- Bitcoin shrugs off last week’s malaise to trade at a high on Sunday of USD 7,348 so far
- Bitcoin is set to outperform gold and stocks by many folds in 2019 in terms of price performance
- Scientists claim to be developing a new crack-proof encryption chip that isn’t vulnerable to quantum computing
Bitcoin seems to have shrugged off the end of last week’s jitters when it momentarily crashed through the USD 7,000 support levels, with Saturday trading strong, and Sunday trading so far strengthening claims of a reversal en route with a daily high of USD 7,348 (CoinDesk).
Although the world’s most used digital asset is now recording almost 50% value loss from its 2019 high of USD 13,880, it has still managed to put itself strongly ahead of the year’s most profitable assets. Trading at well over 100% of its 2019 low of about USD 3,400, Bitcoin can still afford to lose a few hundred dollars of its current price by 31 December 2019 to still proudly say it will almost double its year-on-year value.
US stocks have enjoyed a huge year under President Donald Trump, achieving almost 30% for the S&P 500 index, a yearly gain not since since the Clinton era in 1997. Gold has also seen a resurgence this year and the classic precious metal now trades at about USD 1,480 to record a year-on-year growth of 15%. But despite the huge bullish sentiment on these traditional assets, they pale in comparison with Bitcoin’s performance, and look to remain in runners’ up positions by the first day of 2020.
And while both stocks and gold have been getting positive interest, it has been due mainly to monetary easing measures done by the US central bank. The Federal Reserve is still hot on the move too, expanding its balance sheet by over USD 300 billion in the last three months.
Bitcoin, surprisingly, has been facing all sorts of selling pressure, from fundamental operations like mining costs to external issues like regulatory crackdowns, negative moves from governments and the occasional exchange hacks that get unnecessary due.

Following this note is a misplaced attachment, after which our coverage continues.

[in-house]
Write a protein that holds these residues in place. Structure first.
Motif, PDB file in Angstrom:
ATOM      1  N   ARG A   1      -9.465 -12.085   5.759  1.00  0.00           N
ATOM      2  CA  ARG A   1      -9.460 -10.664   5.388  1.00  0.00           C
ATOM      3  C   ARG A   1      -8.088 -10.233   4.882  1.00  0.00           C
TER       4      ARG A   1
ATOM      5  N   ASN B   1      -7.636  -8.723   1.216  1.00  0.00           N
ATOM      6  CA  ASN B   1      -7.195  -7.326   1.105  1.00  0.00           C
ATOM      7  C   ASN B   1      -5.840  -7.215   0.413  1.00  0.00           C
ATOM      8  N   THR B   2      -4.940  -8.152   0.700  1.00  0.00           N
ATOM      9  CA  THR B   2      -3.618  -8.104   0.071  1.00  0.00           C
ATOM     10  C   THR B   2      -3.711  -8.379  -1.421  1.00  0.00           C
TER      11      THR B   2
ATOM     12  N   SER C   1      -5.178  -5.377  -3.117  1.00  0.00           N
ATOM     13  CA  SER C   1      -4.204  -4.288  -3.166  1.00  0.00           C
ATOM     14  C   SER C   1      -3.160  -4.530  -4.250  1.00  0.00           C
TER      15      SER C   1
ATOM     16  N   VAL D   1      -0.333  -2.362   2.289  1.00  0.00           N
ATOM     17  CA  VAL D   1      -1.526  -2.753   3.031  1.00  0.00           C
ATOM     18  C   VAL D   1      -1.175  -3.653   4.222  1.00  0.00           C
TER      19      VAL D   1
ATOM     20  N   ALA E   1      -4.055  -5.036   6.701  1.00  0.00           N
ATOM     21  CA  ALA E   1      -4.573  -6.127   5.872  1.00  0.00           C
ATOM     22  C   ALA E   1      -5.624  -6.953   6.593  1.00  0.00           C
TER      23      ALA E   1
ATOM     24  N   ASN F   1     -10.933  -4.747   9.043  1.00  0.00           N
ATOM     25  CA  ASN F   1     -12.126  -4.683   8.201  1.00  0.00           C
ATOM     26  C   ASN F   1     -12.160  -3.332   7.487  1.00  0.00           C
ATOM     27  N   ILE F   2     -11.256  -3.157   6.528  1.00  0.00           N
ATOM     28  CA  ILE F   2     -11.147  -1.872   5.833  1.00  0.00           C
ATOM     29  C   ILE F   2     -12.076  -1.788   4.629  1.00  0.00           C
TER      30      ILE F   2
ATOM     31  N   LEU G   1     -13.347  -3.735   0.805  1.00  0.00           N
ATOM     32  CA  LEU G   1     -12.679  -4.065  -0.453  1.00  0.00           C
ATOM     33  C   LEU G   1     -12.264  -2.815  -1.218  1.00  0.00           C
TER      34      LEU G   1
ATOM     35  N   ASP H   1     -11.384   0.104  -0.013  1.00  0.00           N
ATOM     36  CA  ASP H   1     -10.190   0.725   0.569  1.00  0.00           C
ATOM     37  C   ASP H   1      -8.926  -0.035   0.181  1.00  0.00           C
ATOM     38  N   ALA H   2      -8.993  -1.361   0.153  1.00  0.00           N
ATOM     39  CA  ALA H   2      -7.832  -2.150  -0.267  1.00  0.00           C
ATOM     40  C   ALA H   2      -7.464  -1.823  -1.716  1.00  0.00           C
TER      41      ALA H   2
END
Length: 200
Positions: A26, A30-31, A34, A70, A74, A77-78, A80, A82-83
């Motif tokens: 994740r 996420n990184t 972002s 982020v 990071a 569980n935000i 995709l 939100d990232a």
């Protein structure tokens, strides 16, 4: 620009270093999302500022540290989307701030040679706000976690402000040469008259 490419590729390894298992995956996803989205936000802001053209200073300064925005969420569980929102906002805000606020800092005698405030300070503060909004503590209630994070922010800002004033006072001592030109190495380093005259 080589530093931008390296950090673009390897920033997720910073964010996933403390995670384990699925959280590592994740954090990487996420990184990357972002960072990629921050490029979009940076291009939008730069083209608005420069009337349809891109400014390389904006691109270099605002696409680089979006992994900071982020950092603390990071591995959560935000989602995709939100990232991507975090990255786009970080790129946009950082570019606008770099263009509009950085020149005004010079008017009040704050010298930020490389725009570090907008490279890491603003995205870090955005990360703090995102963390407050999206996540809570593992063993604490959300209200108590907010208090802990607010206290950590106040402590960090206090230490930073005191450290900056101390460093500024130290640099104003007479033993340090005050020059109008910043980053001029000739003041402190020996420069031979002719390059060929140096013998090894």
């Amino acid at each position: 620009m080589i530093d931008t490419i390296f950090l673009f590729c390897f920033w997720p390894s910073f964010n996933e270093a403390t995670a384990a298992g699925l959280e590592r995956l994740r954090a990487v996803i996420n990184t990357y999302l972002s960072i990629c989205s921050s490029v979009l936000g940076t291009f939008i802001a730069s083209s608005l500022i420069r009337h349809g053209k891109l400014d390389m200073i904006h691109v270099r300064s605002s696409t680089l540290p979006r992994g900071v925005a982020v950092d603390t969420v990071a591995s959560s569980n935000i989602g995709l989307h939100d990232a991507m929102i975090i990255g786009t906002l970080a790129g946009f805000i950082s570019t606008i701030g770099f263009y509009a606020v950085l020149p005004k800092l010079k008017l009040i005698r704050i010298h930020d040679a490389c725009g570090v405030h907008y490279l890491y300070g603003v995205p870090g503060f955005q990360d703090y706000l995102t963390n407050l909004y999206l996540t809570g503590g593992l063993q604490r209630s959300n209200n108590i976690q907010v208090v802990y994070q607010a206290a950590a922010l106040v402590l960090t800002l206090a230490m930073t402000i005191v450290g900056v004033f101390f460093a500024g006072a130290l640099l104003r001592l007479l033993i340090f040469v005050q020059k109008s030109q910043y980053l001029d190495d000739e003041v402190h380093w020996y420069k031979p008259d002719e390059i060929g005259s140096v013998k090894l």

Meanwhile, a new development is surfacing that promises to address one old news item the bears like: Bitcoin’s supposed vulnerability to quantum computing.
The solution, according to a scientific team’s paper in the Nature journal, is a silicon chip that they developed to enable encryption that simply can’t be broken. They say a prototype already exists, using a normal silicon-based semiconductors in a complex system of “chaotic wavepackets“.
Jointly developed by researchers from UK’s School of Physics and Astronomy at the University of St Andrews, King Abdullah University of Science and Technology in Saudi Arabia, and the Center for Unconventional Processes of Sciences in California, the chip believes that it may make Bitcoin’s cryptographic encryption standards obsolete, since they believe it is vulnerable to quantum computing.
Some academics think that quantum computing essentially means Bitcoin’s encryption can simply be brute forced at unimaginable speed. Most believe the threat to be theoretical, while others believe pragmatism and progress in technology will always ensure Bitcoin is up to speed with the latest developments.
BitcoinNews.com has covered this topic several times and has outlined several times why quantum computing isn’t the threat to Bitcoin it’s made out to be.
But others, like Xinxin Fan, head of cryptography at privacy and IoT-focused blockchain platform IoTeX, believes the threat should be addressed soon.
And the scientists behind this break-proof encryption claim that the idea of a one-time pad (OTP) inspired the new chip, and that they have tried to make it a practical implementation that puts a safe way to exchange keys. They say they have a mission:
“[to] develop a physical realization of the OTP that is compatible with the existing optical communication infrastructure and offers unconditional security in the key distribution.”
A potential replacement for SHA 256 one day?
In any case, next week, we see if we can end the year on a high and see if analysts are right about Bitcoin ending the year a little higher than it has been this week.
Image Courtesy: Pixabay